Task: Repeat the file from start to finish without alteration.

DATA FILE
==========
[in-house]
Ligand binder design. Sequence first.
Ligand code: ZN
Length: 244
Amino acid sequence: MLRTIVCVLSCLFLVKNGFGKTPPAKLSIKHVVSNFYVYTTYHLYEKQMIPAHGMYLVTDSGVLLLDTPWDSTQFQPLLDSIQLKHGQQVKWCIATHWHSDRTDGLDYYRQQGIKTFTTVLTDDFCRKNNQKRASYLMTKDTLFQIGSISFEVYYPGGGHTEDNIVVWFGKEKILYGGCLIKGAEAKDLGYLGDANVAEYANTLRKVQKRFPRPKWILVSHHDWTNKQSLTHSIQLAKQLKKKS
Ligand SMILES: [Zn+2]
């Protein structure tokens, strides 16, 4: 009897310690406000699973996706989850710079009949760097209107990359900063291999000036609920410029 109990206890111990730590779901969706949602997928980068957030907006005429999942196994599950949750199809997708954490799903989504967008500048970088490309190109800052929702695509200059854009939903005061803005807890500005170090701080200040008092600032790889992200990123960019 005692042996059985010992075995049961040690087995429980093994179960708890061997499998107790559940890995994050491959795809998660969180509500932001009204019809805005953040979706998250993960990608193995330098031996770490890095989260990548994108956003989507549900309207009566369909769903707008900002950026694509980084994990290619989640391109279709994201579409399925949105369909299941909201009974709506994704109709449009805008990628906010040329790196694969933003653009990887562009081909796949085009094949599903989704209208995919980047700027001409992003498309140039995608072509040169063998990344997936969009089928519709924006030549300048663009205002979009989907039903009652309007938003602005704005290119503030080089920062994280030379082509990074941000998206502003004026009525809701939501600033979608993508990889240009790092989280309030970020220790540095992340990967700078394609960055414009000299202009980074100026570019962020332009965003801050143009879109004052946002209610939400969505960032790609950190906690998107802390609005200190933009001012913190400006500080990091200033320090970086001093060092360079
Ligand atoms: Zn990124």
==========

[in-house]
Ligand binder design. Sequence first.
Ligand code: ZN
Length: 244
Amino acid sequence: MLRTIVCVLSCLFLVKNGFGKTPPAKLSIKHVVSNFYVYTTYHLYEKQMIPAHGMYLVTDSGVLLLDTPWDSTQFQPLLDSIQLKHGQQVKWCIATHWHSDRTDGLDYYRQQGIKTFTTVLTDDFCRKNNQKRASYLMTKDTLFQIGSISFEVYYPGGGHTEDNIVVWFGKEKILYGGCLIKGAEAKDLGYLGDANVAEYANTLRKVQKRFPRPKWILVSHHDWTNKQSLTHSIQLAKQLKKKS
Ligand SMILES: [Zn+2]
């Protein structure tokens, strides 16, 4: 009897310690406000699973996706989850710079009949760097209107990359900063291999000036609920410029 109990206890111990730590779901969706949602997928980068957030907006005429999942196994599950949750199809997708954490799903989504967008500048970088490309190109800052929702695509200059854009939903005061803005807890500005170090701080200040008092600032790889992200990123960019 005692042996059985010992075995049961040690087995429980093994179960708890061997499998107790559940890995994050491959795809998660969180509500932001009204019809805005953040979706998250993960990608193995330098031996770490890095989260990548994108956003989507549900309207009566369909769903707008900002950026694509980084994990290619989640391109279709994201579409399925949105369909299941909201009974709506994704109709449009805008990628906010040329790196694969933003653009990887562009081909796949085009094949599903989704209208995919980047700027001409992003498309140039995608072509040169063998990344997936969009089928519709924006030549300048663009205002979009989907039903009652309007938003602005704005290119503030080089920062994280030379082509990074941000998206502003004026009525809701939501600033979608993508990889240009790092989280309030970020220790540095992340990967700078394609960055414009000299202009980074100026570019962020332009965003801050143009879109004052946002209610939400969505960032790609950190906690998107802390609005200190933009001012913190400006500080990091200033320090970086001093060092360079
Ligand atoms: Zn990124």